After a dozen different versions of an email to my line manager on Monday morning, explaining why I would not be coming to work, I settled on the laconic:
“I have Ebola.”
This had the dual benefit of feeling true and closing down any suggestion that I might be swinging the lead. Despite my life-threatening condition his response was matter-of-fact: “No problem.” Well, it depends from whose perspective you’re looking at it, I thought — but didn’t write in reply.
After this week, though, I will have to seriously reconsider the truthfulness of my adage that ‘a bad day out of the office is better than a good day in’ because I’m now in a position to compare them properly and the jury is out. For years, I had prided myself on never taking time off sick, working on the principle that no illness is worse than a hangover of monumental dimensions. Also, because of my propensity for carousing and coming in of a morning, redolent of the odours of the tavern, I knew any resort to lame excuses would be treated with suspicion and if you are the limping impala on the trading floor (see TPT passim) you don’t want to be seen as a malingerer, rendering yourself even more vulnerable to the Spanish Archer than you already are.
For years, though, I have harboured elaborate fantasies about contracting some lovely, little illness or having a minor accident, serious enough to justify a few days at home, reading on the chaise longue with the feet up. The ailment could not be permanent, nor involve any humiliating condition of the private parts, nor inhibit the consumption of decent wine but otherwise I was prepared to suffer a modicum of discomfort just to alleviate the pressure of generating revenue and the tyranny of the alarm clock. To be knocked off one’s bike in Trafalgar Square and rendered unconscious for a week before a fortnight’s convalescence in a bay-windowed, private hospital room? Tick. Malfunctioning erogenous zones? Cross. To suffer debilitating back pain that could only be treated by adopting a horizontal position? Tick. Ebola? Cross.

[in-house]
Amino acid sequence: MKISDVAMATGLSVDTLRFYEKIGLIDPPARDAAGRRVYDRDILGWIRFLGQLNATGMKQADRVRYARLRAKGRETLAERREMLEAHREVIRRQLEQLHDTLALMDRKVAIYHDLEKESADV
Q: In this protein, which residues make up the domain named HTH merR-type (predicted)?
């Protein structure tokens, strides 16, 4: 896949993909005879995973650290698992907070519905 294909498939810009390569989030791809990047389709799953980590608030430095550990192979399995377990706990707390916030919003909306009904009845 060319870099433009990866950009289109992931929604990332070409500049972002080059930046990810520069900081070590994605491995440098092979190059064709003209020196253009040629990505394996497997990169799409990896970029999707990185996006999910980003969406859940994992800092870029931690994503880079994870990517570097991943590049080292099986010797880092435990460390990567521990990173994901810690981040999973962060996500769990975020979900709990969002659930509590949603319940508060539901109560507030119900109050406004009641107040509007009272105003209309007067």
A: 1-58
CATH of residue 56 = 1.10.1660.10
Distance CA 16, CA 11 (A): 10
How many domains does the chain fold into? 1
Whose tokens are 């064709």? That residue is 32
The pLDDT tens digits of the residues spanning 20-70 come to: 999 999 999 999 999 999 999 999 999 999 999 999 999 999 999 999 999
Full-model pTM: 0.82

The sick note must be struck just right, though, however you present it, whether that’s by email or phone. My dilemma Sunday night was that everyone knew I’d had a big skiing weekend on the hit ’n' miss so scepticism would be high. Jovial enquiries about the Irish flu can undermine the skiver’s best-laid plans. Too hammy and they’ll think you are definitely pulling a fast one but too nonchalant and they’ll wonder why you don’t just come in anyway. Close to the point of death but perhaps able to make it in tomorrow with a bit of luck — that’s the tone to aim at.
Hence, I thought “I have Ebola” was pitched perfectly. Laying the groundwork before a day off can be helpful, although the option wasn’t available to me in this instance. A few conspicuous coughs, asking out loud “Is it just me or is it incredibly hot?” or calling your mother and audibly broadcasting a list of symptoms are all clever tactics to prepare the team for your imminent absence.
It’s a funny business this machismo, particular to the City, about showing up on time, irrespective of the circumstances. Suffering from the dreaded lurgy? Get your arse in here. It doesn’t matter if you can’t perform. While drunk I cannot drive (passengers of mine would argue when sober too), I cannot operate heavy machinery (not that I know how; I don’t know how to start my lawnmower) and nor can I operate on a patient were one stupid enough to lie on an operating table before me, but I could trade millions of dollars in financial markets without anyone saying much. And I have. In fact, in my halcyon prop trading days all post-meridian punting was conducted while under the judgment-enhancing, truth-enabling influence of alcohol. Investment banking is a show which must go on. Drunk. Sick. Hungover. Just make sure you’re in on the dot. None of my employers has questioned the presence on the desk of someone who is clearly drunk, sick, hungover, suicidal or even homicidal.